17 August 2020
Author: Toby Hutcheon, Wildlife Queensland Campaigns Officer / Queensland Manager, Boomerang Alliance
Further to the tabling of the Waste Reduction and Recycling (Plastic Items) Amendment Bill 2020 that introduced proposed bans on certain single-use plastics, the Parliamentary Committee examining the Bill has held its hearings and will submit its report to the Government on 28 August 2020. We remain confident that the Bill can be passed before the election.
The Bill proposes a ban on plastic straws, stirrers, cutlery, plates and bowls, in July 2021. Exemptions include access for those with a disability to use plastic items, and 100 per cent certified products to the Australian compost standard are exempted.
The current proposed legislation does not include expanded polystyrene in the ban – that is planned for later. We have made representations with the support of WWF, National Retailers Association, LGAQ, Australian Food and Grocery Council, Disability sector and Master Grocers for polystyrene to be included now.
The South Australian Government hopes to have their plastic bill passed in September. This includes bans on straws, stirrers and cutlery and we are expecting similar legislation to be announced in the ACT very soon.
We hope to have announcements on plastic bans in Western Australia and New South Wales before the end of the year. That will leave only Victoria, Tasmania and the NT without similar legislation to ban identified plastic takeaway items.
BYO coffee cups under COVID-19
After many cafes initially refused BYO cups and containers, we have been able to negotiate some clarity about this. The current position is that virtually all jurisdictions and the key hospitality associations allow BYO cups, as long as hygiene protocols are followed and under a ‘contactless pour’ procedure.
The exception is Queensland. Queensland Health made the decision in June to prohibit the use of BYO cups at cafes and food outlets in Queensland.
Queensland Health is trying to make the argument that a contactless pour procedure for a BYO cup, where the only person who touches the cup is the customer, is less safe than using a disposable cup that is left above the coffee machine and then touched by both staff and customer.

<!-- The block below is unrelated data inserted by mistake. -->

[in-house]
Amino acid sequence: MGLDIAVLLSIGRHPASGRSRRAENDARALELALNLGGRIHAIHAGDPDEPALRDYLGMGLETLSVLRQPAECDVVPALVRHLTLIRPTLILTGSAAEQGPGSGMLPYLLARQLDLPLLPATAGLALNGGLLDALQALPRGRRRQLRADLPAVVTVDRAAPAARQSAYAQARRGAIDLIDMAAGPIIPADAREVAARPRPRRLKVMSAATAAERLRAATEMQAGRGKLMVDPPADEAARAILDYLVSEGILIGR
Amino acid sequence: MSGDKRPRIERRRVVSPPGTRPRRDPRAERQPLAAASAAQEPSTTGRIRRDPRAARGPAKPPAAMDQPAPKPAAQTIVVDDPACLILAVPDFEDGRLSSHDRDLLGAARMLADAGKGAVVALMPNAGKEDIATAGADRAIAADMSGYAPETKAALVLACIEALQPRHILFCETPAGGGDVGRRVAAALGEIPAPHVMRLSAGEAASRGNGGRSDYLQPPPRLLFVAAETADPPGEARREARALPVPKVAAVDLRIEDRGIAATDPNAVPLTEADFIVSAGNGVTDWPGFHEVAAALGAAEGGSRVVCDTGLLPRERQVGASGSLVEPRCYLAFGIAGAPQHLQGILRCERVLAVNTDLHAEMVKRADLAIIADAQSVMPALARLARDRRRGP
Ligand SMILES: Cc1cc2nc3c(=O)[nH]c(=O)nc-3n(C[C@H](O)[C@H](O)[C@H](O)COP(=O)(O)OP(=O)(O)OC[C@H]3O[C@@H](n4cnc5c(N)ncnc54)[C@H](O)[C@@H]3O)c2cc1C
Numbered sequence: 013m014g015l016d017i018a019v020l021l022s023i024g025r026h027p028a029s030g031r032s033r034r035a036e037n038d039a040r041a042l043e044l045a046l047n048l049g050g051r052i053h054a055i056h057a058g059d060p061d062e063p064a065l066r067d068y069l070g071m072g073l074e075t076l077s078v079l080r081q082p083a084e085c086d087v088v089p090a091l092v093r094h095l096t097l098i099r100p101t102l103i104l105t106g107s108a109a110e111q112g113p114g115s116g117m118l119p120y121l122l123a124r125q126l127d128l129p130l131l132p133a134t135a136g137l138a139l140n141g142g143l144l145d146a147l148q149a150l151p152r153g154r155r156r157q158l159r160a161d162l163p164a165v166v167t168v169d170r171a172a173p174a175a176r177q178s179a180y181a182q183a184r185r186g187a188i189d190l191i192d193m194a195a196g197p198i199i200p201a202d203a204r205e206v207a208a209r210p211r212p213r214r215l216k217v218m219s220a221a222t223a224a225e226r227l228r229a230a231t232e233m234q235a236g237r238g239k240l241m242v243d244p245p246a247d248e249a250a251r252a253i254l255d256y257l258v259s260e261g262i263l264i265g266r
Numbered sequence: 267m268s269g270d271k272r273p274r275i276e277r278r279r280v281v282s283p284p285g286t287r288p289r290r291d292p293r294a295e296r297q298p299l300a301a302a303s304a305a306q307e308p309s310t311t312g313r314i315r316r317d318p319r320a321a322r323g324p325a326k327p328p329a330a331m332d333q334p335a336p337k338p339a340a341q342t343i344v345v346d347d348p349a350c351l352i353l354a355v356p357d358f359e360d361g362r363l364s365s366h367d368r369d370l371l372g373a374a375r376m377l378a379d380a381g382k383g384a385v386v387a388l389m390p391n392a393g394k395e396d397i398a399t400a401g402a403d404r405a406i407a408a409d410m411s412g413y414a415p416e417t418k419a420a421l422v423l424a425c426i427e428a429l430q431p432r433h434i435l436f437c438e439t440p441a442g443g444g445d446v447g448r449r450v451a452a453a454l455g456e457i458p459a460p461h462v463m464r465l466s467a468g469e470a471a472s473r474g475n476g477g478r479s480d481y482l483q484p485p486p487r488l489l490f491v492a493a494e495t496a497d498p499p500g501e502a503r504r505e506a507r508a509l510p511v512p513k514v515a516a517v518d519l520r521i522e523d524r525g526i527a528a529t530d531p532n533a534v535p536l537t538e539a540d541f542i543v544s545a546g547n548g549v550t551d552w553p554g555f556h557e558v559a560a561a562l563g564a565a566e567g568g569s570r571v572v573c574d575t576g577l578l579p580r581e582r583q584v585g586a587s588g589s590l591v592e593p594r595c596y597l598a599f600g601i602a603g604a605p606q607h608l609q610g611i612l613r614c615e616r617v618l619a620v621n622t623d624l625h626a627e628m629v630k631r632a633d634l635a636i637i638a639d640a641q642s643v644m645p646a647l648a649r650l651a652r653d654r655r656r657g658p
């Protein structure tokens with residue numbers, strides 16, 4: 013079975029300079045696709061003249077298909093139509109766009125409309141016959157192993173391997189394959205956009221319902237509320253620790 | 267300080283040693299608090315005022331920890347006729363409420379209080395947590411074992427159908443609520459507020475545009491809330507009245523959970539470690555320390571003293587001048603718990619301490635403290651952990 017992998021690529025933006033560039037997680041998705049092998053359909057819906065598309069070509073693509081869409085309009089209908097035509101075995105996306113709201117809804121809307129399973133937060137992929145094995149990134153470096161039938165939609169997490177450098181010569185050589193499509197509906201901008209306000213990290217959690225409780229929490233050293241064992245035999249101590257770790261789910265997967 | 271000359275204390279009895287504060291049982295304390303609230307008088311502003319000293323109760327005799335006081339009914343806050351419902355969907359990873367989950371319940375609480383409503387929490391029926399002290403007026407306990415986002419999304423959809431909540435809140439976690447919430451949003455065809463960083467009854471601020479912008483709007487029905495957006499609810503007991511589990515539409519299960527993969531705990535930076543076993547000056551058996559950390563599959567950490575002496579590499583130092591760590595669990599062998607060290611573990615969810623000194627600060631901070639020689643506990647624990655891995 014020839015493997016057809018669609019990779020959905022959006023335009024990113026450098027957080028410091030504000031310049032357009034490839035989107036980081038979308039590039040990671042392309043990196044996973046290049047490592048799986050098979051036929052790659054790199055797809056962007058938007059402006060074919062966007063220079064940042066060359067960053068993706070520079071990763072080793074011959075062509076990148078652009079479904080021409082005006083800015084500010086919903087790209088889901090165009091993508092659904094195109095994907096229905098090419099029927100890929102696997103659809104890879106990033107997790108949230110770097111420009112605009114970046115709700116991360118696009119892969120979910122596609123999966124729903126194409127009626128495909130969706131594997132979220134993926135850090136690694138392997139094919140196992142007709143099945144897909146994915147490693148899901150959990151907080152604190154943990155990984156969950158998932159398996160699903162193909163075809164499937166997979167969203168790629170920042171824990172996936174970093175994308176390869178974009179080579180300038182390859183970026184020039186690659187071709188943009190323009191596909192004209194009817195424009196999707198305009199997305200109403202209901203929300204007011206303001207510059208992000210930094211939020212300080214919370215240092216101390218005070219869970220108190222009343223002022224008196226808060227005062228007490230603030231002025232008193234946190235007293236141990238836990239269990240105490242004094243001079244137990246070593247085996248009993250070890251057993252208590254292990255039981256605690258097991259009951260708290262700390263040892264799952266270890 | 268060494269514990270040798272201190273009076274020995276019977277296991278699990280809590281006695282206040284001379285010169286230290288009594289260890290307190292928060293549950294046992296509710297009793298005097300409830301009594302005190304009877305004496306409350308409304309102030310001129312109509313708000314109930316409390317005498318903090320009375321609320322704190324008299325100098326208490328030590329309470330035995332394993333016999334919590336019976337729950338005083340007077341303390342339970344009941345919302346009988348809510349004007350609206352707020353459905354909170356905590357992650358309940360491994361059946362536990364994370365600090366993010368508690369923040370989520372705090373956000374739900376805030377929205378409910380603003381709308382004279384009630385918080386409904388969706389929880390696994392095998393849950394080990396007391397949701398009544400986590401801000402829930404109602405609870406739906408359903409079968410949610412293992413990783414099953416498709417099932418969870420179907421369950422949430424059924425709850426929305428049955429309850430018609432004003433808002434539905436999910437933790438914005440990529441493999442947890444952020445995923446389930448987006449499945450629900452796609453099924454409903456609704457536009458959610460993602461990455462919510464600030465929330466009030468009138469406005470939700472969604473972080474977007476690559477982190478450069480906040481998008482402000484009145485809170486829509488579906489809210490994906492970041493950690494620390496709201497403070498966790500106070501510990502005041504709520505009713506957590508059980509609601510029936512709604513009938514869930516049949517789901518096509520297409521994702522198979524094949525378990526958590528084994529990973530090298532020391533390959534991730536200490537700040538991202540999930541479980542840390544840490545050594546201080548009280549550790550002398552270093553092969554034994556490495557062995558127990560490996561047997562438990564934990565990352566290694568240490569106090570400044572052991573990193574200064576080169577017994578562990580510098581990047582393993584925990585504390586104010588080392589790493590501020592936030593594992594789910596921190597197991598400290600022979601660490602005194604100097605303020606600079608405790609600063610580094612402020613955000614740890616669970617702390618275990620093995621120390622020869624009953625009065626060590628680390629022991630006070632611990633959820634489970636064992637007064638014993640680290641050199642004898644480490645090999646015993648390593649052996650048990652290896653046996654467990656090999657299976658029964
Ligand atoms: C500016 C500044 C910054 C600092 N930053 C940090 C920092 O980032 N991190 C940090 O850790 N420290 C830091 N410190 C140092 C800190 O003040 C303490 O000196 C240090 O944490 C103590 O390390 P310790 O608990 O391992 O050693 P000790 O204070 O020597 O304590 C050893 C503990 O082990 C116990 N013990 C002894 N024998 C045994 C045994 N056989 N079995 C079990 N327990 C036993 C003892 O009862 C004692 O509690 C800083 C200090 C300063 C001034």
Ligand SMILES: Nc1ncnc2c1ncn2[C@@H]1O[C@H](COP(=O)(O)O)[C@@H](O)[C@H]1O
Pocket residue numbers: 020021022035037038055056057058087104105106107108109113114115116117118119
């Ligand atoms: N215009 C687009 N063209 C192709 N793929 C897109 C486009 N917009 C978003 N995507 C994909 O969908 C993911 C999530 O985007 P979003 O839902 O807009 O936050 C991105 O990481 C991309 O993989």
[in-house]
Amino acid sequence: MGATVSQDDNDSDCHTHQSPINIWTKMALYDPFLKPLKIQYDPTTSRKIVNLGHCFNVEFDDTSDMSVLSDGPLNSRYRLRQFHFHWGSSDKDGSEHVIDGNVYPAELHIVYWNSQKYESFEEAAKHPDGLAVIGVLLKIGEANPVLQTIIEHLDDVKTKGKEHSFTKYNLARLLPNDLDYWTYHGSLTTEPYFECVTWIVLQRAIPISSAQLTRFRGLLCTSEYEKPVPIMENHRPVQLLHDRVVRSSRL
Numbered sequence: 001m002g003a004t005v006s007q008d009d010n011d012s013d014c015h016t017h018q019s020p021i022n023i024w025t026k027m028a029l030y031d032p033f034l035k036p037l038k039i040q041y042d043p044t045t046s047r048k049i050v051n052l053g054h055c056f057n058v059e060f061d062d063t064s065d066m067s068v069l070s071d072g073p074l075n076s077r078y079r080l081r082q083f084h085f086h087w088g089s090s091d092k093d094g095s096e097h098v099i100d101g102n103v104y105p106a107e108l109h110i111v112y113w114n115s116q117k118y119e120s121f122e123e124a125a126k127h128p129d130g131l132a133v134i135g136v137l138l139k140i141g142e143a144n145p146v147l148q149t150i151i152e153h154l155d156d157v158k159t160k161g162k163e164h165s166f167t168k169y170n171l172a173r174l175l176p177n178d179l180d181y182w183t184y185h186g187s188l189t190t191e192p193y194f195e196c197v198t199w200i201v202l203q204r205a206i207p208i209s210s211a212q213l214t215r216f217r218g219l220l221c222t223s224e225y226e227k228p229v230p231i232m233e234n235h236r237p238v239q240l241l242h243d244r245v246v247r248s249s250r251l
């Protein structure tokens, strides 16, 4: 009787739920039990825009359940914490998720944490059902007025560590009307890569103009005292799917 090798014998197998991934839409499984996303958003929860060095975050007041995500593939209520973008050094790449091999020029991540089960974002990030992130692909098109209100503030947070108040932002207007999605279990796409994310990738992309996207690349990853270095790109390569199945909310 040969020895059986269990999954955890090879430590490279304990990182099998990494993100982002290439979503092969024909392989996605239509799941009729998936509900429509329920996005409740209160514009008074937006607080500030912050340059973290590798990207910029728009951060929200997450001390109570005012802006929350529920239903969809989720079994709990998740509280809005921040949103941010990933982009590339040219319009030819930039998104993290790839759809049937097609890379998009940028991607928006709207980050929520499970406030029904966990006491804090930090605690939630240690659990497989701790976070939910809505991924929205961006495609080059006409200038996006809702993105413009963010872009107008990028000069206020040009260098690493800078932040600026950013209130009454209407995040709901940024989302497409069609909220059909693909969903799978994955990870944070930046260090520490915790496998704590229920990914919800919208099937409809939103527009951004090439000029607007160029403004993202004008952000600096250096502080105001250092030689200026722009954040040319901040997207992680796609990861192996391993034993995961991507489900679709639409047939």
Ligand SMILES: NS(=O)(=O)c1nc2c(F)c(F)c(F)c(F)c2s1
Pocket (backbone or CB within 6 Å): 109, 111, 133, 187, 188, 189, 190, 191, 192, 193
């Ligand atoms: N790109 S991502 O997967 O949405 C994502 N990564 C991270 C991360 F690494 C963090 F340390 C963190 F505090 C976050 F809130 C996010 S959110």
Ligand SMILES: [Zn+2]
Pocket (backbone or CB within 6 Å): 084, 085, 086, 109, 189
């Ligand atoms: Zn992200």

The decision has annoyed many, and many cafes who do not want to refuse BYO cups from their regular customers, trying to do the right thing. If you want to complain we suggest an email or call to Queensland Health.
Ironically both Starbucks and McDonalds have just announced they were allowing their franchises to accept BYO coffee cups, having stopped the practice in March.
Boomerang Alliance, WWF and Plastic Free July Foundation presented at the recent Senate Inquiry into the proposed Greens Bill for a Product Stewardship for Packaging. All argued that Australia needs national mandated targets for plastic reductions and recovery, and genuine labelling standards that meant a product marked compostable or recyclable was actually composted or recycled.
The Commonwealth supports having reduction and recovery targets for 2025, but with voluntary arrangements. The Greens back mandatory targets and we urge Labor and other parties to do likewise. 2025 targets won’t be achieved without them.
In the last 20 years – since 1999 – Australia has had a voluntary packaging covenant arrangement in place. In 1999 the plastic packaging recovery rate was 20 per cent, in 2018 it was 16 per cent (data extracted from APC/APCO reports).
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